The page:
Tag Archives: invisible

The Quandary of the Invisible

I’ve wrestled with this before…and yet, solutions are as invisible as the issue itself.  How do we value and acknowledge what we can’t see?

On a windy day, we can see air.  It moves flags and leaves and kites and pennants.  We see it because we recognize that the movement means the wind is blowing, air is moving.


But when the air is still, we don’t notice the wind and the air becomes invisible, something we no longer notice or pay attention to.  Work can be like that too.  And so can learning.

We notice when someone is standing in the front of the classroom delivering instruction–that looks like work. We notice when someone leads a workshop, guiding teachers forward with their learning. But there’s so much work that is invisible to others.

We can see learning when students complete assignments, answer questions, lead discussions…  But when that notebook is blank, when the assignment doesn’t get turned in, when the student fidgets with the shoelace instead of answering a question or contributing a comment, an absence of learning is often inferred.

In those moments when I get to talk to a student individually, having a casual conversation about a topic we’ve been learning about, I can sometimes recognize what was previously invisible to me. There’s more to learning than completing an assignment or answering a question. Just like there is more to work than punching the time clock or attending a meeting.

Behind every workshop, every lesson, every assignment or project are hours of invisible work. There is the planning and the thinking behind the planning. And behind that there is often reading and research, collaboration–sometimes in the form of a conversation over coffee or lunch, the gathering and production of materials…and more.  And behind that, there are the phone calls, emails, and meetings that initiate the workshop planning.  So much of the work we do is invisible to others and it’s easy to dismiss what we can’t see.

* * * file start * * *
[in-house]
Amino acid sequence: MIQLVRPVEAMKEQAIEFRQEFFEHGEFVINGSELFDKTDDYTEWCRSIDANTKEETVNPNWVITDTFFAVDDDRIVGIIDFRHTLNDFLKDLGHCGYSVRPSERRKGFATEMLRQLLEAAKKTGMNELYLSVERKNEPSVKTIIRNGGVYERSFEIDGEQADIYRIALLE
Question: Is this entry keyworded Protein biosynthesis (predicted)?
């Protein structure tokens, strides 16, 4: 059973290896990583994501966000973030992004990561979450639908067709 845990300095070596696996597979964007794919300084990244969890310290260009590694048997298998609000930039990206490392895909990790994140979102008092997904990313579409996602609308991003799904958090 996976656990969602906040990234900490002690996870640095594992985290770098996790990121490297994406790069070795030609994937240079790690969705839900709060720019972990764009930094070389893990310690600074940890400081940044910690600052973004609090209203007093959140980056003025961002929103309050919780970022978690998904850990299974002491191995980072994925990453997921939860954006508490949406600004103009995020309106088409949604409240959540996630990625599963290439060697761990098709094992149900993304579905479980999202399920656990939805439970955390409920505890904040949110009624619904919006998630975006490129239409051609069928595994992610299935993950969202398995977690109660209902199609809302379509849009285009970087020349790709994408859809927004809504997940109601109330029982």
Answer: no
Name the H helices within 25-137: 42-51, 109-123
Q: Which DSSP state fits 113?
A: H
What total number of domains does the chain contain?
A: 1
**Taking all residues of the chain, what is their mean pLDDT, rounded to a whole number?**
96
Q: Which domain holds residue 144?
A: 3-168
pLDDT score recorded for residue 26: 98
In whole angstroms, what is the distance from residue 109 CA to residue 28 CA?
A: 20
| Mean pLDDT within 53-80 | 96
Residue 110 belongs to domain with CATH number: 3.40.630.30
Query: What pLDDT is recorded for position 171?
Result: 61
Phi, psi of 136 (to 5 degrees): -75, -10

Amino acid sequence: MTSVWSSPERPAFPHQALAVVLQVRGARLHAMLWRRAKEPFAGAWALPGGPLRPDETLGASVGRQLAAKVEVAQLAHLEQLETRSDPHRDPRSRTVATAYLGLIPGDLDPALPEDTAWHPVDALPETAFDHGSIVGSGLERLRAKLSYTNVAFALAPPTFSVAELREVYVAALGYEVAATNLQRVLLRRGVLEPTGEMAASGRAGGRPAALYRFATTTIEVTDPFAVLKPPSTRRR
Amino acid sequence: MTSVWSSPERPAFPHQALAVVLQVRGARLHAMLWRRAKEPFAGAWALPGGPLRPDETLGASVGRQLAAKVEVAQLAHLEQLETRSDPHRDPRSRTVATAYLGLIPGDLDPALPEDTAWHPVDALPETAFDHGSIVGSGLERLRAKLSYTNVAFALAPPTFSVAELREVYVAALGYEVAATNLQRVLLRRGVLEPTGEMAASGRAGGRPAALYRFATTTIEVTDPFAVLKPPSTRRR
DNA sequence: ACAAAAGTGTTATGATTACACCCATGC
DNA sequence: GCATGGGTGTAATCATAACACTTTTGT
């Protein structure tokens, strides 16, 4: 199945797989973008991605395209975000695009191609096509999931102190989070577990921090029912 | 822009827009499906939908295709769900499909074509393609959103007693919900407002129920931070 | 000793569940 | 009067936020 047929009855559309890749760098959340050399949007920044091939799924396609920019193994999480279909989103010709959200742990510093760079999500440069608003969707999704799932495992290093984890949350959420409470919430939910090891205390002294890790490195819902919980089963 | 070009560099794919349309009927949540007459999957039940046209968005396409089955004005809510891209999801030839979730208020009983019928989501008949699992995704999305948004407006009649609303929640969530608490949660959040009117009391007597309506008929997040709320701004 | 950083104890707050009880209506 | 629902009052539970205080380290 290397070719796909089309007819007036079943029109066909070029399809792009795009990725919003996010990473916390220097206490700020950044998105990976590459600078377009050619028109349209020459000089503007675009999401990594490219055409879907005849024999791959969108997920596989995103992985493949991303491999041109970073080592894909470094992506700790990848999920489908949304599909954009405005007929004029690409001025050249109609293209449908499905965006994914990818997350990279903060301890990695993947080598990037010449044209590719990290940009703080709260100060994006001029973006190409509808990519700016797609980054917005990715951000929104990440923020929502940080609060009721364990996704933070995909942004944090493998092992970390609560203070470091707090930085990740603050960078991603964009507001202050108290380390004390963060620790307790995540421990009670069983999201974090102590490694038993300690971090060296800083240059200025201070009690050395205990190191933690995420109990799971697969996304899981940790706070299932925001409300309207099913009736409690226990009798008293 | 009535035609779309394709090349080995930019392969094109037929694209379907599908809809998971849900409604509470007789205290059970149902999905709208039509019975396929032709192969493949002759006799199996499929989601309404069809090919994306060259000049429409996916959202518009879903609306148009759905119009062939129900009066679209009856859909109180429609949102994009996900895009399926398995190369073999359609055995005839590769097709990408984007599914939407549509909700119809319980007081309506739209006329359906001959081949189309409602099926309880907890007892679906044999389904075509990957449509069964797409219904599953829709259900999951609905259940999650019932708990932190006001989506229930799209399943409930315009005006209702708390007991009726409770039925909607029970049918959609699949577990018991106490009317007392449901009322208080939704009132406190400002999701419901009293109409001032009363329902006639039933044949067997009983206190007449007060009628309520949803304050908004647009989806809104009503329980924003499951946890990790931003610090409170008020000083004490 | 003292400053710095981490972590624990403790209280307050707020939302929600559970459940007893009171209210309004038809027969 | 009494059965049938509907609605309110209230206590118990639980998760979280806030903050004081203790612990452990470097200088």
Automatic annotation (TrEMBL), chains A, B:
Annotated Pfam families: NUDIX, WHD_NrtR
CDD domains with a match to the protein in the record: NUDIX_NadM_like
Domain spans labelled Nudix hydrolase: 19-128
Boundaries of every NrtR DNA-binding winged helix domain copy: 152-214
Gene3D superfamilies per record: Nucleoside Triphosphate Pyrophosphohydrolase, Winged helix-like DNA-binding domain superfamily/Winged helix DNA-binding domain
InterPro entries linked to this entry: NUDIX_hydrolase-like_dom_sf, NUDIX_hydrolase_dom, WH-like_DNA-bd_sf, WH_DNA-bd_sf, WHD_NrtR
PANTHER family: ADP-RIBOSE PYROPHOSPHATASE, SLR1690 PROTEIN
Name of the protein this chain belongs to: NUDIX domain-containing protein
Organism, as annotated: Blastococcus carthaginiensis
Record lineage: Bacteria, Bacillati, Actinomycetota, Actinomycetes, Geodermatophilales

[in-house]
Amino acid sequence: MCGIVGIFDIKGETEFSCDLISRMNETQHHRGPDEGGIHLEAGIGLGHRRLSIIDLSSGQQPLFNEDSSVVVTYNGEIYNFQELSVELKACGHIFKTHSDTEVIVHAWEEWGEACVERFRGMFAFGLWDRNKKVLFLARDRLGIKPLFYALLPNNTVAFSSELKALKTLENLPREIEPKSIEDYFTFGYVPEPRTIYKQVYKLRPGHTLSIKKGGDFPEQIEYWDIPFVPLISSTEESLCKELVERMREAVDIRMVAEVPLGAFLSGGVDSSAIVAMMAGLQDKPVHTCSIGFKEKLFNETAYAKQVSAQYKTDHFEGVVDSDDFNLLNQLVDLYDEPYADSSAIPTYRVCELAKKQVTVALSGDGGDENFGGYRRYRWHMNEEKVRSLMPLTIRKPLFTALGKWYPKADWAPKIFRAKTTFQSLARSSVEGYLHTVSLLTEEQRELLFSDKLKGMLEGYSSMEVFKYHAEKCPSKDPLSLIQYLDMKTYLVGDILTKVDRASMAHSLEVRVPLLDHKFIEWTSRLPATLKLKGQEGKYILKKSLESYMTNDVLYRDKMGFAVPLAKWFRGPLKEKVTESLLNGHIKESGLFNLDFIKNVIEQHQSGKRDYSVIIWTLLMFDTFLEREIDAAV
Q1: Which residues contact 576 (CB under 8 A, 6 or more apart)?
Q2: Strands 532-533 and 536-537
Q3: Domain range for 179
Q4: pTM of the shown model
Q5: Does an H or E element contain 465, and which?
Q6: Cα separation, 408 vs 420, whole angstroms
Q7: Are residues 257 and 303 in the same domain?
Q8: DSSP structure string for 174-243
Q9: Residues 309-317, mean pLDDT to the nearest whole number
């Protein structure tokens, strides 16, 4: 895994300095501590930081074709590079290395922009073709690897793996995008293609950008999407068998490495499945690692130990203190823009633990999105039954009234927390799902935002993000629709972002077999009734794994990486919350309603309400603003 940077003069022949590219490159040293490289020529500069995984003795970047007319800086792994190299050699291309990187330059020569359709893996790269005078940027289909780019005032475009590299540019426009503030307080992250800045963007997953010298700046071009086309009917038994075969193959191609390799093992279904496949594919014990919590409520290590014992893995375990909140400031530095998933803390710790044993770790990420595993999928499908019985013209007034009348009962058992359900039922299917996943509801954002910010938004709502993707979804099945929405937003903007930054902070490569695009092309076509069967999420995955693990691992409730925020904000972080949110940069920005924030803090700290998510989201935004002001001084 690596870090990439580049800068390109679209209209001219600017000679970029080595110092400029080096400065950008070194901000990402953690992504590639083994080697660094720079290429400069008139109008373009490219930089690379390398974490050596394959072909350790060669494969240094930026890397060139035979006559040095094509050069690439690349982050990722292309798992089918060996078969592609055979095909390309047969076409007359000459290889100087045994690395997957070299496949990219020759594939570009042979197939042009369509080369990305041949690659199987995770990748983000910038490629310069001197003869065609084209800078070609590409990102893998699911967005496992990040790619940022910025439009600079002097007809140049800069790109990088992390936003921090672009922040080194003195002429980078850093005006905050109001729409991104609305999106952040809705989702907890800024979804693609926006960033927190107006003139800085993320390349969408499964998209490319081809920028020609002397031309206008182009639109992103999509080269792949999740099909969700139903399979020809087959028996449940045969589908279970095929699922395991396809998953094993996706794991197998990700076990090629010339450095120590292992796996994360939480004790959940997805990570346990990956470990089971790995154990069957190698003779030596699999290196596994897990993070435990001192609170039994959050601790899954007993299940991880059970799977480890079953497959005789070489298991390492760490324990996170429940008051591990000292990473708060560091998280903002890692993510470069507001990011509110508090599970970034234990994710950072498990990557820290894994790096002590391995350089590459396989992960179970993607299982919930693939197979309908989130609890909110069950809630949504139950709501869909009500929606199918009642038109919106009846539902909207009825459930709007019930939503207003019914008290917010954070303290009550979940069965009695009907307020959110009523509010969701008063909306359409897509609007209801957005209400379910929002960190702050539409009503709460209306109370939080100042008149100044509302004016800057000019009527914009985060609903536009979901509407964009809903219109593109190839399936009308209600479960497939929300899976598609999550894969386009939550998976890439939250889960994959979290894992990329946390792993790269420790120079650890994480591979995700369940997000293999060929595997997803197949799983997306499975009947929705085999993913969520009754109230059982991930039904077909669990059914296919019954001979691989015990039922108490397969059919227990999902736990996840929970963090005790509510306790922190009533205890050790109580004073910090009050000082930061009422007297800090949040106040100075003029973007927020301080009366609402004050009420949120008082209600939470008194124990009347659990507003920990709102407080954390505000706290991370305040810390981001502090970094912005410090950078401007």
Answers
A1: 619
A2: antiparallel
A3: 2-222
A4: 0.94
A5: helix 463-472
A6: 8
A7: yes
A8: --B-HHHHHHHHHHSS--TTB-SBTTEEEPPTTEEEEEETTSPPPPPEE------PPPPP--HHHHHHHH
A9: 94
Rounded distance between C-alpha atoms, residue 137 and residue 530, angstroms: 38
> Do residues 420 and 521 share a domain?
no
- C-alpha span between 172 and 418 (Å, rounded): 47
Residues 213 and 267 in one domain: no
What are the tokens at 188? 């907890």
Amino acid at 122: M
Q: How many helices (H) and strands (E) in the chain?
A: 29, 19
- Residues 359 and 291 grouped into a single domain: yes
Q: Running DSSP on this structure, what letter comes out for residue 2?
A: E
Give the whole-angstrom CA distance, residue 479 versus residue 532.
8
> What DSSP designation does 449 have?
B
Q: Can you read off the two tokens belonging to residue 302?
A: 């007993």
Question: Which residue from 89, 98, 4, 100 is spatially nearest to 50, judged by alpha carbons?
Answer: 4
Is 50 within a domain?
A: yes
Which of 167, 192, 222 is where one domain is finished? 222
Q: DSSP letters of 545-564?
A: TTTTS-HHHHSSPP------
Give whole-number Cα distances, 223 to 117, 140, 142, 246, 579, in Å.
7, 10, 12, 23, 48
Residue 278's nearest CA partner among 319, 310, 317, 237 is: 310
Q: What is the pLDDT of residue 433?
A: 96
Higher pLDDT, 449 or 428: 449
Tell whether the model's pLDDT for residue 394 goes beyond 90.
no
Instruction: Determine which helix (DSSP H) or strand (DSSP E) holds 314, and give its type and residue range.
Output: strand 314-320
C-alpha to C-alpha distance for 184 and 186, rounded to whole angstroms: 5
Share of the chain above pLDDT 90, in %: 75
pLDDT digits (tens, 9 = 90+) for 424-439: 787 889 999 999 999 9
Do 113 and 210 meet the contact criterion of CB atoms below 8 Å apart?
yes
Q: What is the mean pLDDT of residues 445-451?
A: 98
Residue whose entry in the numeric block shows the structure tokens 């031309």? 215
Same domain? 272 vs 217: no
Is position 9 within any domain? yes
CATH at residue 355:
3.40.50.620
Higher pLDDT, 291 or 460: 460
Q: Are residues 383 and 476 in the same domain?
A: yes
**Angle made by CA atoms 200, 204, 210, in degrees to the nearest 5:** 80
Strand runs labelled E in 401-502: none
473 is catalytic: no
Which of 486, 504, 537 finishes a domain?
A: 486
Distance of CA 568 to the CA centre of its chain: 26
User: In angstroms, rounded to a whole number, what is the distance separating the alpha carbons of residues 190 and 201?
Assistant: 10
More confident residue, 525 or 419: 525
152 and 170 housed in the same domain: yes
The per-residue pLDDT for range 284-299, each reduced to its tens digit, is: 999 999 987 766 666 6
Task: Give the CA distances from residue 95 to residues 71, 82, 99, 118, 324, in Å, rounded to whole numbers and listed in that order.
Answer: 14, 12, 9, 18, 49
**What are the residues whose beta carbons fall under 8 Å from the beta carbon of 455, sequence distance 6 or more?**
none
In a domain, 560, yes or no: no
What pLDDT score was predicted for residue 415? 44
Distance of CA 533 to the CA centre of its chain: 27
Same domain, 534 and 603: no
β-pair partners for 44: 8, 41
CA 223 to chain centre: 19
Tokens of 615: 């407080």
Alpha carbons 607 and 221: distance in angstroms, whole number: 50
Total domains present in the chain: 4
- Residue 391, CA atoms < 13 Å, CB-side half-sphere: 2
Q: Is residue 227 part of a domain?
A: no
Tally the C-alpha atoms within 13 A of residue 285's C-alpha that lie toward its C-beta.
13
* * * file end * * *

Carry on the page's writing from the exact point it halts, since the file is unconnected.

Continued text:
The trunk of a tree doesn’t sway in the breeze…but that doesn’t mean that the air is not there.


So how do we acknowledge, measure, and value what we can’t see?

Some Thoughts About Labor on Labor Day

Today is Labor Day, most often referred to as the unofficial end of summer.  On Friday morning when I asked my students what they knew about our upcoming holiday, they were stumped.  I even heard a comment or two saying, “My mom said she doesn’t know what Labor Day is.”  I did a bit of double-checking my own understanding of Labor Day and its history and we revisited the concept of Labor Day before the students left for the day.  We talked about labor and the ways other people’s labor helps us and how our labor helps others.  We also talked about the fact that not everyone gets the day off from work on Labor Day.

Today was not an official work day for me, and while I enjoyed my Labor Day holiday I was also thinking about labor and what that means in my work as a Writing Project director and educator.  Teachers often get a bad rap about their summers off and short work days based on the hours that students are physically present.  And yet, outside of those hours spent directly with students there is a lot of labor going on.  This invisible labor–the work of planning, preparation, communicating, collaborating, researching–frequently is not seen as work at all.  I understand that this work is not physical, backbreaking labor and yet without it the quality and effectiveness of our profession is diminished.

And I’m often reminded that I make a choice to work beyond my official work hours, and I admit that much of the work I do is a labor of love.  I love creating spaces for learning and working out ways to support the learners that walk through my doors.  But I also spend time doing things that are expected that I don’t love–preparing for standardized testing, attending meeting after meeting after meeting, writing and preparing report cards–but I do those things too.

I’m interested in the role that invisible labor plays in our society.  I am also wondering how labor is viewed depending on your point of view.  Here’s an example that comes to mind: some people in my neighborhood pay a gardener to mow their lawns and keep their yards trimmed and healthy, other people do their own yard work–often less frequently than the gardeners. Clearly the paid gardeners’ labor is acknowledged–they charge a fee and make their living doing yard maintenance. What about those who do their own yard work?  Is their labor considered a hobby?  A chore?  What role does it play in our economy?  Does the fact that some people do their own yard work somehow diminish the importance or skill required of professional gardeners?

What invisible labor do you take for granted?  Whose labor is diminished because it seems like work anyone can do?  What invisible labor do you provide?  What do you wish others knew about your work?

Hope you all had a happy Labor Day, especially if you had to work today!